Is Britt hurt? I’ve noticed on some gifs that he’s wearing a sleeve and others he isn’t. PC also taled about correcting Britt’s lean.

  5. Volume12

    Really liking this DT from Miami Ufomba Kamalu-6’6,295. From Nigeria’ speech impediment, plays with a mean streak. Not an early gu by any means, but a Tony McD comp.

    And Florida St’s DL Giorgio Newberry too. 6’6, 295 again, played OL, TE, and now back at DT. Has freakish length, plays fast, pursues everything. Exciting guy. Good interior pass rusher.

    Both late day 3 guys, both could fill McDaniel’s role.

    • CHawk Talker Eric

      UK DT Cory Johnson.

    • AlaskaHawk

      I am looking forward to watching Florida vs Florida St. Pretty sure it will play on national networks so I can watch it in Alaska. Saturday night!!!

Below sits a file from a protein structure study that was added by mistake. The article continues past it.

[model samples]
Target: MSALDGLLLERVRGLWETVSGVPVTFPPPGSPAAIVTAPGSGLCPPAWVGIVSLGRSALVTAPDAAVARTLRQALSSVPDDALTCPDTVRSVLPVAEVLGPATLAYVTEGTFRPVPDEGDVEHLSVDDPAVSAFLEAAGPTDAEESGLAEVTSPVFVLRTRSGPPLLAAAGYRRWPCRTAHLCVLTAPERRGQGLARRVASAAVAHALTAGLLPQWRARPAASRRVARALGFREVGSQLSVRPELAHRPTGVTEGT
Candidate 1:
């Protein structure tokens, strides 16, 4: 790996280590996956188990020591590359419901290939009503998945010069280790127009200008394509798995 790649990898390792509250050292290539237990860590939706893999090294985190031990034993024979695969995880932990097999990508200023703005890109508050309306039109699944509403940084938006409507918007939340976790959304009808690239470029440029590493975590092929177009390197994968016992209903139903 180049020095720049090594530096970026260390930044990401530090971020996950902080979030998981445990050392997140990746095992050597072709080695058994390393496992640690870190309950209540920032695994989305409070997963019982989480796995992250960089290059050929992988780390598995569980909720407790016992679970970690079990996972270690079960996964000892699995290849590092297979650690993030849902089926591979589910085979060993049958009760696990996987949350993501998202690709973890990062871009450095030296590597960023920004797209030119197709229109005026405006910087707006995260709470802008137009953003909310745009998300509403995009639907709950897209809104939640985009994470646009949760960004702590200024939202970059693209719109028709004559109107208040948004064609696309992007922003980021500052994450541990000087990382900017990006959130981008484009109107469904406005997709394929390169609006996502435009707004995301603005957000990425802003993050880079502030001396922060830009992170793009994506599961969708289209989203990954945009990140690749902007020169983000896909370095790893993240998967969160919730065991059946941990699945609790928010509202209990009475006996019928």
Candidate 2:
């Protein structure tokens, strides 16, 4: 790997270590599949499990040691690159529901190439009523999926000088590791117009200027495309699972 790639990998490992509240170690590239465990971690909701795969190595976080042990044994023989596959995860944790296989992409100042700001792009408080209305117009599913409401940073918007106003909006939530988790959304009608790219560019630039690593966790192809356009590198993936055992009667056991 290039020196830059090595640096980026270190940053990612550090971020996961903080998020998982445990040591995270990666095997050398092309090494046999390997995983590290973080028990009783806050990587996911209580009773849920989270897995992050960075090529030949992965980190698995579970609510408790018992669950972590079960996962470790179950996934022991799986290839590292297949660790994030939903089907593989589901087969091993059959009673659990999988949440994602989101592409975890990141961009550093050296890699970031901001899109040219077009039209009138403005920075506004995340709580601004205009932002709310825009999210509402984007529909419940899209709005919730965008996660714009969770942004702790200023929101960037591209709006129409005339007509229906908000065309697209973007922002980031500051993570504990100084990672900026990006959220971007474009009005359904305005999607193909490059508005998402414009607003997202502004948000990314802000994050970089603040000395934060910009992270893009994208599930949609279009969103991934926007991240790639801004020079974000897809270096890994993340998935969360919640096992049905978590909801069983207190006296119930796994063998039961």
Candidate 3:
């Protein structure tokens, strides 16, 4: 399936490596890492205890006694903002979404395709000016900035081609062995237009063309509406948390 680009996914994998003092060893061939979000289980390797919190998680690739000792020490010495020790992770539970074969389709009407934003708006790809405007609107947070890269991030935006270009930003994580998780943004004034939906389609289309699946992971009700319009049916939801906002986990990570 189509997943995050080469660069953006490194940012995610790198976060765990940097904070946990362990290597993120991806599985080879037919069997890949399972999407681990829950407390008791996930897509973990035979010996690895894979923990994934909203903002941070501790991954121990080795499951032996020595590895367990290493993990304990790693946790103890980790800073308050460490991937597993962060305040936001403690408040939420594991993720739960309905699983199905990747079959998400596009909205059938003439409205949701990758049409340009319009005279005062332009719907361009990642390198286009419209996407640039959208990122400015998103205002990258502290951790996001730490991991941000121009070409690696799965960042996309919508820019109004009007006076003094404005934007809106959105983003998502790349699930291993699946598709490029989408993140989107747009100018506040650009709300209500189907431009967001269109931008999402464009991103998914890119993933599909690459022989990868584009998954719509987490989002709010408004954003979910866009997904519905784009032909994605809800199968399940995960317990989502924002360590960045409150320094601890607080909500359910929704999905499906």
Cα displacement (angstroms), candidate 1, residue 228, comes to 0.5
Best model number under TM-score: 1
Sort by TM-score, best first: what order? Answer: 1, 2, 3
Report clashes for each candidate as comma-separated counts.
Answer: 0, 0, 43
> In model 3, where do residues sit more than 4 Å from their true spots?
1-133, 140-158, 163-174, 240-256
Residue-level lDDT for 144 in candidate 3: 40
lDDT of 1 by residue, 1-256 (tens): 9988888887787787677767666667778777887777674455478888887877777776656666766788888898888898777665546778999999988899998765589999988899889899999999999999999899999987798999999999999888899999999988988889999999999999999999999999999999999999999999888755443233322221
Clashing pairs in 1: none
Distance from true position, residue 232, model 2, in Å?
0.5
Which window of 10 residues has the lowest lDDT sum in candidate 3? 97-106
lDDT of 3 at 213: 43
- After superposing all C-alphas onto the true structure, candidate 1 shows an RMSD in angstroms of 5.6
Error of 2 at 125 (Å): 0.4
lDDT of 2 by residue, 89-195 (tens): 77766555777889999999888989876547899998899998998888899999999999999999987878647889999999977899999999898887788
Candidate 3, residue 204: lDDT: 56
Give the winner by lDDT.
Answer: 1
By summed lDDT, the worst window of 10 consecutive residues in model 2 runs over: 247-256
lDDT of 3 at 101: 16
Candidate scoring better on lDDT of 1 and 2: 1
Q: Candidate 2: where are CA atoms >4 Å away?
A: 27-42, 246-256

• Volume12

        You mean Miami vs Florida St? It’s on ABC at 5 so you’ll get it my man. Looking forward to it myself.

        For one, it’s a great rivalry, secondly it’s one of the games Seattle is scouting, and lastly, there’s some very exciting/intriguing defenders on both teams.

  6. Volume12

    Rob, I think we’re all in agreement here that DT is a need heading into next year. And I know it’s hard to say right now,but do you think they go DT early, mid-late rounds, perhaps both?

    • Rob Staton

      Mid-rounds. I think they believe that’s where the value lies. It’s where they’ve gone for their DT’s so far. Either that or low level FA’s. But it depends where some of the big names go. Malcom Brown lasted until #32 this year which is incredible.

  7. bigDhawk

    I would like to see us draft a developmental QB this year. Interesting info on this Lynch kid. I’ll look forward to watching his progress.